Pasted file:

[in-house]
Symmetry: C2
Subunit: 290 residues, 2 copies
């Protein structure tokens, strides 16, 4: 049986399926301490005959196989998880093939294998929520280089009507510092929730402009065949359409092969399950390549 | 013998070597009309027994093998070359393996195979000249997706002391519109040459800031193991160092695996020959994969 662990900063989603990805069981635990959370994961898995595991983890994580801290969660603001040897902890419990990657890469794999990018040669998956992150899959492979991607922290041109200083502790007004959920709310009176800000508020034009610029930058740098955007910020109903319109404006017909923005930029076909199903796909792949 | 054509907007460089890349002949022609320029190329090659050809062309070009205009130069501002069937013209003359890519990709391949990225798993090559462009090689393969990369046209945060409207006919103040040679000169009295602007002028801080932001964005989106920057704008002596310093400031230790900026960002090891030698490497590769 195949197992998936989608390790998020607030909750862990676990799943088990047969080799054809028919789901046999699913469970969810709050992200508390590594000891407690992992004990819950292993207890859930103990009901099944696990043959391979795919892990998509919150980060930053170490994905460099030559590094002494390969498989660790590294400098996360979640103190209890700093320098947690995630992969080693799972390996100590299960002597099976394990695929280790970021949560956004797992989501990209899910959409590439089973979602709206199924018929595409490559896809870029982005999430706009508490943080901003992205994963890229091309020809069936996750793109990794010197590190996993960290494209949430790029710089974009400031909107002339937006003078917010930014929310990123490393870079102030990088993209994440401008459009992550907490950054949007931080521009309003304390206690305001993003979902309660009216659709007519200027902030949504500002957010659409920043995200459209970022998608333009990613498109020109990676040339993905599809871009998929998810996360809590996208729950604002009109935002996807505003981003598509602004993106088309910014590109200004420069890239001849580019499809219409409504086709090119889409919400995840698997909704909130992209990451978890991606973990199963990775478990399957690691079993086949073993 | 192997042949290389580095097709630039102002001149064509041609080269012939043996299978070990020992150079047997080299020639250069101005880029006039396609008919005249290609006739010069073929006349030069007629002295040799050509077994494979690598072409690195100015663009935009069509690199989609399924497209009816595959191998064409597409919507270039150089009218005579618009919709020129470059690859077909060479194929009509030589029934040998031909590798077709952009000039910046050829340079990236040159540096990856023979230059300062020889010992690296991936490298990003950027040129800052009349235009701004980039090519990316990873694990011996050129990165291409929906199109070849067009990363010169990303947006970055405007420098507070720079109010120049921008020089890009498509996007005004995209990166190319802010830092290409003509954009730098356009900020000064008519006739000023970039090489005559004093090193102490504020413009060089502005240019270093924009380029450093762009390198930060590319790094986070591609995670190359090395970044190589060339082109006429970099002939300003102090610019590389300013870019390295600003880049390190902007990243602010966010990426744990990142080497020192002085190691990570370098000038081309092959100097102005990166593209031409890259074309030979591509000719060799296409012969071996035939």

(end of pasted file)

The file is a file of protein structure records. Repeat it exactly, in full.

[in-house]
Symmetry: C2
Subunit: 290 residues, 2 copies
């Protein structure tokens, strides 16, 4: 049986399926301490005959196989998880093939294998929520280089009507510092929730402009065949359409092969399950390549 | 013998070597009309027994093998070359393996195979000249997706002391519109040459800031193991160092695996020959994969 662990900063989603990805069981635990959370994961898995595991983890994580801290969660603001040897902890419990990657890469794999990018040669998956992150899959492979991607922290041109200083502790007004959920709310009176800000508020034009610029930058740098955007910020109903319109404006017909923005930029076909199903796909792949 | 054509907007460089890349002949022609320029190329090659050809062309070009205009130069501002069937013209003359890519990709391949990225798993090559462009090689393969990369046209945060409207006919103040040679000169009295602007002028801080932001964005989106920057704008002596310093400031230790900026960002090891030698490497590769 195949197992998936989608390790998020607030909750862990676990799943088990047969080799054809028919789901046999699913469970969810709050992200508390590594000891407690992992004990819950292993207890859930103990009901099944696990043959391979795919892990998509919150980060930053170490994905460099030559590094002494390969498989660790590294400098996360979640103190209890700093320098947690995630992969080693799972390996100590299960002597099976394990695929280790970021949560956004797992989501990209899910959409590439089973979602709206199924018929595409490559896809870029982005999430706009508490943080901003992205994963890229091309020809069936996750793109990794010197590190996993960290494209949430790029710089974009400031909107002339937006003078917010930014929310990123490393870079102030990088993209994440401008459009992550907490950054949007931080521009309003304390206690305001993003979902309660009216659709007519200027902030949504500002957010659409920043995200459209970022998608333009990613498109020109990676040339993905599809871009998929998810996360809590996208729950604002009109935002996807505003981003598509602004993106088309910014590109200004420069890239001849580019499809219409409504086709090119889409919400995840698997909704909130992209990451978890991606973990199963990775478990399957690691079993086949073993 | 192997042949290389580095097709630039102002001149064509041609080269012939043996299978070990020992150079047997080299020639250069101005880029006039396609008919005249290609006739010069073929006349030069007629002295040799050509077994494979690598072409690195100015663009935009069509690199989609399924497209009816595959191998064409597409919507270039150089009218005579618009919709020129470059690859077909060479194929009509030589029934040998031909590798077709952009000039910046050829340079990236040159540096990856023979230059300062020889010992690296991936490298990003950027040129800052009349235009701004980039090519990316990873694990011996050129990165291409929906199109070849067009990363010169990303947006970055405007420098507070720079109010120049921008020089890009498509996007005004995209990166190319802010830092290409003509954009730098356009900020000064008519006739000023970039090489005559004093090193102490504020413009060089502005240019270093924009380029450093762009390198930060590319790094986070591609995670190359090395970044190589060339082109006429970099002939300003102090610019590389300013870019390295600003880049390190902007990243602010966010990426744990990142080497020192002085190691990570370098000038081309092959100097102005990166593209031409890259074309030979591509000719060799296409012969071996035939």